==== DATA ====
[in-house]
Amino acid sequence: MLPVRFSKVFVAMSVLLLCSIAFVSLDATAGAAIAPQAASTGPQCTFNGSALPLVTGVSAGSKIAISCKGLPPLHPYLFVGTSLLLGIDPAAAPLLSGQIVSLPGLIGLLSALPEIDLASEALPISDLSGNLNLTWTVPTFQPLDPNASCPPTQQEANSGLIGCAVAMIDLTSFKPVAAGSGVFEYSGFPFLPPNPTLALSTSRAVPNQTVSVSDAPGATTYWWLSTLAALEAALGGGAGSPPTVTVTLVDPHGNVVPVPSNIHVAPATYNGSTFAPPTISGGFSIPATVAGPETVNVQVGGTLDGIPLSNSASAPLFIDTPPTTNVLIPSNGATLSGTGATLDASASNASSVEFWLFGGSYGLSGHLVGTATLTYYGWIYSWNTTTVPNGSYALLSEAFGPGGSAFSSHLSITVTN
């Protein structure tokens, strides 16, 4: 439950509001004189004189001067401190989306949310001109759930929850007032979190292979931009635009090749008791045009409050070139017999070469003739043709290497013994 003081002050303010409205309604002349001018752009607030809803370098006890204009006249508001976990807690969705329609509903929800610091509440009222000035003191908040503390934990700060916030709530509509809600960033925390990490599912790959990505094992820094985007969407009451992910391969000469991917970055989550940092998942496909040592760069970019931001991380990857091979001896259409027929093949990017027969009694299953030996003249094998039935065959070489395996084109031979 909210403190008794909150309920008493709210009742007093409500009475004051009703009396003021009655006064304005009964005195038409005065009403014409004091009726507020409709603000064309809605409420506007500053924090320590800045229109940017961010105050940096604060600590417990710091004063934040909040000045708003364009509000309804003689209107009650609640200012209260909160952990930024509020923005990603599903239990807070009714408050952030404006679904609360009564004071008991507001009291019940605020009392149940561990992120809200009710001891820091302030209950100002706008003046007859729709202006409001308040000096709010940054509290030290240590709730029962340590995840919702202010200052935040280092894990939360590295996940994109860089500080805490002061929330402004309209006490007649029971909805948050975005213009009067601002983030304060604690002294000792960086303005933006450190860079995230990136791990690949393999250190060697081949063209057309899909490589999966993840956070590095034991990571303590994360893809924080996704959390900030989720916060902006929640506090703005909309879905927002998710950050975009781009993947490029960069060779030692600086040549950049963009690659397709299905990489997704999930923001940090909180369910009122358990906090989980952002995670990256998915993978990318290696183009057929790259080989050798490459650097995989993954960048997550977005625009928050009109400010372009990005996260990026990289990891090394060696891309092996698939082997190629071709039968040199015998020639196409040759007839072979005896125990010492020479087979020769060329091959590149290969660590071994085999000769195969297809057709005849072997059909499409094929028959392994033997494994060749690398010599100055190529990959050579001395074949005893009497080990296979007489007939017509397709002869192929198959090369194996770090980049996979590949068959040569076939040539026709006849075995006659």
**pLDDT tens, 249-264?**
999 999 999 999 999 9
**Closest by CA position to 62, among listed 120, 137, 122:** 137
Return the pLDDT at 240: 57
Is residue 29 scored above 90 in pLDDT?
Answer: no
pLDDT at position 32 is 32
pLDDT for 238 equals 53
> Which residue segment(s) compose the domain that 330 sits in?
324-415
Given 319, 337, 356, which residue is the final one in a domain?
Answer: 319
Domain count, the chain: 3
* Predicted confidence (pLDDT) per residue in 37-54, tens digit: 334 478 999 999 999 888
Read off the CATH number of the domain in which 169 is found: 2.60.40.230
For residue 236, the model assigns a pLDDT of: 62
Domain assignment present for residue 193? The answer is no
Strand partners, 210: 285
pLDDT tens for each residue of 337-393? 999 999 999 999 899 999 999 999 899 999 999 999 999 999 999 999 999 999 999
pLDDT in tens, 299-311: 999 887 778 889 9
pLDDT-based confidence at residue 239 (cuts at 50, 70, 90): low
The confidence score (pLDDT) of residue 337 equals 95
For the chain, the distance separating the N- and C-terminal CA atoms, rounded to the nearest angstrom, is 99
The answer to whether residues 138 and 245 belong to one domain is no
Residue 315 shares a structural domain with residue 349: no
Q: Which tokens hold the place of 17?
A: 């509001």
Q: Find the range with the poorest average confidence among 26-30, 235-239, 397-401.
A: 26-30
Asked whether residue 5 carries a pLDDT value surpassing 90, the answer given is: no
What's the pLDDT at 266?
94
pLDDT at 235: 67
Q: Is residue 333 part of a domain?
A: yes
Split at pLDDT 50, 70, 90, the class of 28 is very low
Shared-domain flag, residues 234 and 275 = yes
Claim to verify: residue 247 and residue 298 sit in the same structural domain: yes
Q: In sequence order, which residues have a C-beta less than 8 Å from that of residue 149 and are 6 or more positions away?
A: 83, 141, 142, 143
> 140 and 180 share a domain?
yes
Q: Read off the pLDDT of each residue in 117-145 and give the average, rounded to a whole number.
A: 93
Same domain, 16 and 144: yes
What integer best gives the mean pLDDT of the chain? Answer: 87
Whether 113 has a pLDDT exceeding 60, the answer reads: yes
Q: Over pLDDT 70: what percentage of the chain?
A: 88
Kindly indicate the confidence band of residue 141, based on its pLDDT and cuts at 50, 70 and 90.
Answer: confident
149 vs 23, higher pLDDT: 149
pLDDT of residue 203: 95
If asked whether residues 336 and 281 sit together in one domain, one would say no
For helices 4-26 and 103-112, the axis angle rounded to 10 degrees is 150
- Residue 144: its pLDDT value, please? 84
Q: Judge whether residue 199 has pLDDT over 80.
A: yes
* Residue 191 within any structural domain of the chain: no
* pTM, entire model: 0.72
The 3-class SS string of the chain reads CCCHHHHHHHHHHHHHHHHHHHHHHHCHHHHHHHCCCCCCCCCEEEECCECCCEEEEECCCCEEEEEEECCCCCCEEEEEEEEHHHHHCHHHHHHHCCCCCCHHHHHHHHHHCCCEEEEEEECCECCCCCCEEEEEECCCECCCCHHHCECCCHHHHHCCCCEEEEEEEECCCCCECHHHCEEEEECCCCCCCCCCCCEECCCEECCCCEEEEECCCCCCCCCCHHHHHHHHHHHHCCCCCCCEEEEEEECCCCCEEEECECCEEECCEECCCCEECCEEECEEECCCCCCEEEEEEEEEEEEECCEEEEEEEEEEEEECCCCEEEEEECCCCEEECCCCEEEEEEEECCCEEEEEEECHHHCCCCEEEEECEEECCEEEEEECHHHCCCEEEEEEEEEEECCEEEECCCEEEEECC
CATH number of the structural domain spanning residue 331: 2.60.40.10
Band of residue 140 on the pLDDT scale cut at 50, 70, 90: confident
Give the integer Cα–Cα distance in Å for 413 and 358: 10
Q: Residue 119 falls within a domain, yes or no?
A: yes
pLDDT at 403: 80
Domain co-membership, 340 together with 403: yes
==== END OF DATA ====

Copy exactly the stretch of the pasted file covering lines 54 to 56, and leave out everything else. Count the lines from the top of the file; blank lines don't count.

Answer: confident
149 vs 23, higher pLDDT: 149
pLDDT of residue 203: 95